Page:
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Prayer on the Grave of a Brother, by Marcus Heinrich Bresslau (1852)


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With a deeply moved heart I tread this day towards thy grave, O my beloved brother—yet inconsolable for the heavy loss which thy departure from this world hath entailed upon me. The unchangeable council of the Most High has removed thee from my sight in the (bloom of youth), (prime of manhood), and the heart which ever preserved brotherly love and faithfulness towards me has ceased to beat. Alas! when I remember the hours we passed together in our paternal home, how thy pious converse exhorted me to all good, how thy wise council extricated me from many troubles, how often I have drawn instruction from the rich treasures of thy experience, I might dissolve myself in tears at the deprivation of all these blessings. The strength of my faith in the immortality of the soul can alone give me ease in my grief, for it is the perishable cover only which crumbles into dust, but thy noble and better self already rests in the shadow of the Almighty.

The good examples which thou gavest me and all around thee during life are not lost, they live even now after thy death; thou didst not permit the time of thy being on earth to be unprofitably spent; thou hast striven to advance everything noble and good, and hast exerted thyself to regulate thy course according to virtue and the fear of God. May the remembrance of thee, my beloved brother, never forsake me; may it guard me against levity and vanity, may it protect me against folly and sin. Thou, who hast been the delight of my eyes and the pride of my heart, surely thy spirit desireth not that I should abandon myself to immoderate sorrow and unbounded grief, to the neglect of my other duties; but rather that I should faithfully and willingly continue to perform all the obligations incumbent upon me.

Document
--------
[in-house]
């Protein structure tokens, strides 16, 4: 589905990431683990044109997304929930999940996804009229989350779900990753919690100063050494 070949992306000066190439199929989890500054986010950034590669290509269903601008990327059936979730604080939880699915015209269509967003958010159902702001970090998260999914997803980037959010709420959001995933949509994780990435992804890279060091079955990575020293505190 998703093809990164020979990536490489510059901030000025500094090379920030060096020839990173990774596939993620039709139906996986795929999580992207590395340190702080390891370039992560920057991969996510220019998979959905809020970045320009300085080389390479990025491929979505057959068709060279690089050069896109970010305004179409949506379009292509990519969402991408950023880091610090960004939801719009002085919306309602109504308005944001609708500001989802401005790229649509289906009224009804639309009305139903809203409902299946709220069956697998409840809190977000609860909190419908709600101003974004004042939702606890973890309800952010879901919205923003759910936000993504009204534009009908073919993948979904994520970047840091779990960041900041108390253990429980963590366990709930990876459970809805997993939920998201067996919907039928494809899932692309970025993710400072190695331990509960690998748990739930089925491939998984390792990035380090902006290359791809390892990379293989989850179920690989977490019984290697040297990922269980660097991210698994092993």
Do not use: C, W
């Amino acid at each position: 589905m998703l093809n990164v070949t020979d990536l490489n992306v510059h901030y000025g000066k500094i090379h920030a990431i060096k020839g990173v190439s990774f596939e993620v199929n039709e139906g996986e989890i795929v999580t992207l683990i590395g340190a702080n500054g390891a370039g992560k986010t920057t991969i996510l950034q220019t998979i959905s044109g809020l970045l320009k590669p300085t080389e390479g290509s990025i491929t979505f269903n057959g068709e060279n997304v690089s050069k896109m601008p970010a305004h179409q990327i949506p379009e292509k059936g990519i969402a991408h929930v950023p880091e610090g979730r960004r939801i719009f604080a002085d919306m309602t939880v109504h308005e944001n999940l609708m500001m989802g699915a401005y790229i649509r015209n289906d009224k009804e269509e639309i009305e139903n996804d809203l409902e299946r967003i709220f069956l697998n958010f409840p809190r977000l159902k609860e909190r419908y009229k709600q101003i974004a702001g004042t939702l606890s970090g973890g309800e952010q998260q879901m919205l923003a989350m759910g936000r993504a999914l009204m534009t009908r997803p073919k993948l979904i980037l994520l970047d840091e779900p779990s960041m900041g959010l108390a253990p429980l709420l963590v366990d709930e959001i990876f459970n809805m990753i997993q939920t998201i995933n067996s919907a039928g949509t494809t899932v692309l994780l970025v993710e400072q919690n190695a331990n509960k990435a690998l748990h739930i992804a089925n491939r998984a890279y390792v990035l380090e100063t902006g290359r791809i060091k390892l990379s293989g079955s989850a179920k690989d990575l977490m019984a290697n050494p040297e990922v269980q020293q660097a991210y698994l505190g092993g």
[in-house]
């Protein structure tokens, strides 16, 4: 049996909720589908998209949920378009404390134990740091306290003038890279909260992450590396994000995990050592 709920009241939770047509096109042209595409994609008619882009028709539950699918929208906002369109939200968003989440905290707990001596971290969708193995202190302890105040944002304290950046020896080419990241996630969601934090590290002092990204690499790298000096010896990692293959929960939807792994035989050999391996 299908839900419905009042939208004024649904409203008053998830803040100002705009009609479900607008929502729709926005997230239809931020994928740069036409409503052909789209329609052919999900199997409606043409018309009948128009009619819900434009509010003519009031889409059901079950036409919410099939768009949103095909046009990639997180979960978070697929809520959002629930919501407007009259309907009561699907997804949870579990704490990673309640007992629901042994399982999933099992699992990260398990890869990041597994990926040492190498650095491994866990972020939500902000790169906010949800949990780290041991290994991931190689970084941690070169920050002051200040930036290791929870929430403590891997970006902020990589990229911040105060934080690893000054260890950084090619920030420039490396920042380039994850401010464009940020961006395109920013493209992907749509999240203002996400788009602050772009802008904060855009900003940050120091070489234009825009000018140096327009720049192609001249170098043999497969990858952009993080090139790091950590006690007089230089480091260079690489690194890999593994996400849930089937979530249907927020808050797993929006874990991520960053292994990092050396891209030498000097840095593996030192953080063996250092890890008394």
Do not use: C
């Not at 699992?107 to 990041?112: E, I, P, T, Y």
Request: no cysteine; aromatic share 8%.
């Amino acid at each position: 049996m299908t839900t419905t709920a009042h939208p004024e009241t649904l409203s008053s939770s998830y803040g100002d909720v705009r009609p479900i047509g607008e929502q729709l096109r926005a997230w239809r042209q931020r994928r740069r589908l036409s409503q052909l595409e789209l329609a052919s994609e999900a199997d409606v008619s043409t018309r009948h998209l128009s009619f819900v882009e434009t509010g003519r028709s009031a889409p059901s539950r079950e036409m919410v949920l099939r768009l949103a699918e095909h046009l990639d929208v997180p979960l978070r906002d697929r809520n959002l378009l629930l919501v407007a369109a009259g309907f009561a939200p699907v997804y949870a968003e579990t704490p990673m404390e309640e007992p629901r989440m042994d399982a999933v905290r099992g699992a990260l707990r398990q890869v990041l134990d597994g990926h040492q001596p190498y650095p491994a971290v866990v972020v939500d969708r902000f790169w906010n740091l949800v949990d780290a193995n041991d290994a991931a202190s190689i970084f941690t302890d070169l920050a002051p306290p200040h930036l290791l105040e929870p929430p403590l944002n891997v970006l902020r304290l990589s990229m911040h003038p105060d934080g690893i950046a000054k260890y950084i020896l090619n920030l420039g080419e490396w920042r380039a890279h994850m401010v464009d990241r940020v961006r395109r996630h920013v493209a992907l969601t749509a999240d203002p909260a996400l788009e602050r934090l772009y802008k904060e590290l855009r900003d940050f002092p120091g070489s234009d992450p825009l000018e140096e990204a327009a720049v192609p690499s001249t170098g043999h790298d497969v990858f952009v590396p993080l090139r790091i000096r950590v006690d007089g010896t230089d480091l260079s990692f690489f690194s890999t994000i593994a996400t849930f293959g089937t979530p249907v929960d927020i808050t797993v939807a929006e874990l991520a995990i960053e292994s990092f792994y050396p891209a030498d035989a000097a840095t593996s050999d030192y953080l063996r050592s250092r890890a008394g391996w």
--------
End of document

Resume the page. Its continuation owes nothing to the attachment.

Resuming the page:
May the Holy God of Israel, “who doth not deliver up the soul to destruction, nor His pious servants to see corruption,”[1] Psalms 16:10.  not remember those sins, from which no human being is free; may he admit thee into the gates of eternal bliss, and refresh thee from the stream of never failing joys. Amen.

“Prayer on the Grave of a Brother” was first published in Marcus Heinrich Bresslau’s collection of teḥinot, Teḥinot Banot Yisrael: Devotions for the Daughters of Israel (1852).





1Psalms 16:10.



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